With stopgap funding in the upcoming Peachtree City budget for road and cart path maintenance, City Councilman Eric Imker wants council to look toward a more permanent solution.
At the Aug. 1 council meeting, Imker briefly shared a spreadsheet of the possible solutions to get the needed $1.5 million a year to handle city street and cart path maintenance, which was funded completely by proceeds from the 2004 countywide transportation sales tax. The city has completely exhausted its funds from that tax and had to scrounge for funds in the budget this year to address a significant repaving of Crosstown Road.
Another proposed countywide sales tax, if approved by voters in November, would generate $14.6 million over two years and could fund the city’s road and cart path maintenance needs for between seven and 10 years, costing a total of between $300 and $400 for the average Peachtree City homeowner, by Imker’s estimation.
If the sales tax fails to pass, however, the city has other options available on Imker’s list, including the possibility of cutting $1.5 million by “reducing city services” or simply waiting on future tax digest increases, as every 2 percent in digest growth nets the city an additional $235,000 a year in revenue, according to Imker.
Options to raise funds include two that would increase the city’s millage rate. A millage rate increase of .85 mills would raise the needed $1.5 million a year and cost the average homeowner $81 a year on an annual basis. The second option involves a general obligation bond that would need voter approval, would cost $62 a year over 10 years and would fund the city’s maintenance needs for between five and seven years, according to Imker.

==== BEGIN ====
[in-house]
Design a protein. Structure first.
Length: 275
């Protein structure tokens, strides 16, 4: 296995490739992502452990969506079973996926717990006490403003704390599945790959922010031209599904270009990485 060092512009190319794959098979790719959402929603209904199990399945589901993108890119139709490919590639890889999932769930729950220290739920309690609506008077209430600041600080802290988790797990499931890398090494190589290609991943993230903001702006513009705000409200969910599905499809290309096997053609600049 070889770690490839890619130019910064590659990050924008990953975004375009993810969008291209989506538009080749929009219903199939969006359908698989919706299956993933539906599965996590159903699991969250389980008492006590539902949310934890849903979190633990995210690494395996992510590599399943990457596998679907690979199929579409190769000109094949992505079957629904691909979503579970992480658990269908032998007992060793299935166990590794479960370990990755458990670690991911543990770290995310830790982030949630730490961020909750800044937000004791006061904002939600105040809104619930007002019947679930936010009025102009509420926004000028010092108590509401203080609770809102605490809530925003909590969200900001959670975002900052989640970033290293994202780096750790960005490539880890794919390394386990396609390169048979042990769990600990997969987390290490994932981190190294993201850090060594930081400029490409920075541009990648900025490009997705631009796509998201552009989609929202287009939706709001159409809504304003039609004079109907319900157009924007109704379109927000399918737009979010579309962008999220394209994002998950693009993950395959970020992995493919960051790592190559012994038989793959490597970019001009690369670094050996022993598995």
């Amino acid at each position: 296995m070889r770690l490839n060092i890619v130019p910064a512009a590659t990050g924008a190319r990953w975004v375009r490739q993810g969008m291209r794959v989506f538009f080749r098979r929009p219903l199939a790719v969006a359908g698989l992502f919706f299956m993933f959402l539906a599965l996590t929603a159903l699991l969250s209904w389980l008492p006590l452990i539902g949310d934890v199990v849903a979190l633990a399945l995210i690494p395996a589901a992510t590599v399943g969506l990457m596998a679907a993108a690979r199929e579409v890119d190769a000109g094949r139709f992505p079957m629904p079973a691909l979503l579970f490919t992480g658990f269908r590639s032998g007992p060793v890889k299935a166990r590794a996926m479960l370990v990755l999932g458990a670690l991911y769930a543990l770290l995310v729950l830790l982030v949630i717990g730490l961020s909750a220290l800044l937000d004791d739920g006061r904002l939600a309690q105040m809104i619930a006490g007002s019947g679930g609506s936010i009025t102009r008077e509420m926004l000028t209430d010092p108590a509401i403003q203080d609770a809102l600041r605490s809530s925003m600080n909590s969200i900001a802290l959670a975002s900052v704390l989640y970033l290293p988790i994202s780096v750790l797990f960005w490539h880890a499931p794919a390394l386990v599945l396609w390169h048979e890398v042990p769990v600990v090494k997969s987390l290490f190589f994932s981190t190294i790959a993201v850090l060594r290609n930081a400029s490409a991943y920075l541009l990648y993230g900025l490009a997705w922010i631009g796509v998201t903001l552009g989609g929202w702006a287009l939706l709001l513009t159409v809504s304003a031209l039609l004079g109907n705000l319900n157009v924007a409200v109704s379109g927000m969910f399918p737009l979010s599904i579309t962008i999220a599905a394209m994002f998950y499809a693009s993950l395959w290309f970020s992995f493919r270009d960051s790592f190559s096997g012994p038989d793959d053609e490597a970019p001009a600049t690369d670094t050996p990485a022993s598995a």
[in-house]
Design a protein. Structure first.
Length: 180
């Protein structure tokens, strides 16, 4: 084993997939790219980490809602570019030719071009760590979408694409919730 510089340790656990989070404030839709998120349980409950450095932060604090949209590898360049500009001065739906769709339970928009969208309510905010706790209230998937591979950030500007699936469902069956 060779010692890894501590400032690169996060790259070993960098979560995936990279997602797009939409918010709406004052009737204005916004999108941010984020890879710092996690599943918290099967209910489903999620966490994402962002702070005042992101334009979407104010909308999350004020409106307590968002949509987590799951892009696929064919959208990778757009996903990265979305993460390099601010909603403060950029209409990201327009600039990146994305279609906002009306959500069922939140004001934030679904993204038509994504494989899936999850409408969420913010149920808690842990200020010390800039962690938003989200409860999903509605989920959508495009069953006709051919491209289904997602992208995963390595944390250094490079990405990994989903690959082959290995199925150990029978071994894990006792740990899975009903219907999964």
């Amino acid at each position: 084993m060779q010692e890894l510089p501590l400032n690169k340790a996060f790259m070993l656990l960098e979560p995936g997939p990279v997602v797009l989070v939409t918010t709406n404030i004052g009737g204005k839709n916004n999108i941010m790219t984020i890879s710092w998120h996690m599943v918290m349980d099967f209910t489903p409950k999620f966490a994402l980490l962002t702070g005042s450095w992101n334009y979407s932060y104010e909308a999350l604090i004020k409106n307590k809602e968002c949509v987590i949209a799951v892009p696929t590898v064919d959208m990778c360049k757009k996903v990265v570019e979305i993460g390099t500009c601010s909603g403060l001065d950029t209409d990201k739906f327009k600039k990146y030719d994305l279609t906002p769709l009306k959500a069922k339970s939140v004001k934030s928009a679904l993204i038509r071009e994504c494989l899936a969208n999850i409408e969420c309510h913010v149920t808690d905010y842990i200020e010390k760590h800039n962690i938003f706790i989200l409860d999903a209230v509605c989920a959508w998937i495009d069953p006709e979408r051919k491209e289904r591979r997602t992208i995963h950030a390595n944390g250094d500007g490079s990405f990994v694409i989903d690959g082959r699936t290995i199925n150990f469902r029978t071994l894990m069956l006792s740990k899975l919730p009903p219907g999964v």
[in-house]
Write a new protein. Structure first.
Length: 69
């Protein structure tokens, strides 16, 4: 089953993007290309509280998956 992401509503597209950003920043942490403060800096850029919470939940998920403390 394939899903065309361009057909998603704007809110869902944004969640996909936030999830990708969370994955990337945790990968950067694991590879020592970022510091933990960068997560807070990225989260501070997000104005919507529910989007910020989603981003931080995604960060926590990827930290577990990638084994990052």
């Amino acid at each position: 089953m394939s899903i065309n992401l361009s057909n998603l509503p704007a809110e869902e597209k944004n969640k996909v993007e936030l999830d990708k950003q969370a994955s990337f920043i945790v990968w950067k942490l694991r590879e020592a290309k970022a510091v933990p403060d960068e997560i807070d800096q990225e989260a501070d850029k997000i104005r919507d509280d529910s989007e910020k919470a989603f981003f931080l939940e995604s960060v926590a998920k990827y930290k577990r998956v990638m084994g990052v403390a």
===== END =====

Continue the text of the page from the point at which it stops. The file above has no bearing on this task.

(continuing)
Imker notes that the sales tax is ultimately the least-expensive option, as it would cost homeowners between $300 and $400 total over two years as opposed to $620 over 10 years for the general obligation bond funding or $810 if the millage rate-only increase holds up for ten years.
The sales tax also has the bonus of getting contributions from residents who don’t live in the city, Imker noted on the spreadsheet.
Yet another funding option that would have a limited effect is a potential use of the city’s excess amount of cash reserves, which are required to be an amount equal to 20 percent of the city’s annual budget but are currently hovering around 35 percent. Using the cash reserves would only fund about two years’ worth of road and cart path maintenance by Imker’s calculations.
Imker also left open the possibility that a combination of the various options could be used, noting that many of the options were outlined by city staff in the city’s advance budget documents earlier this year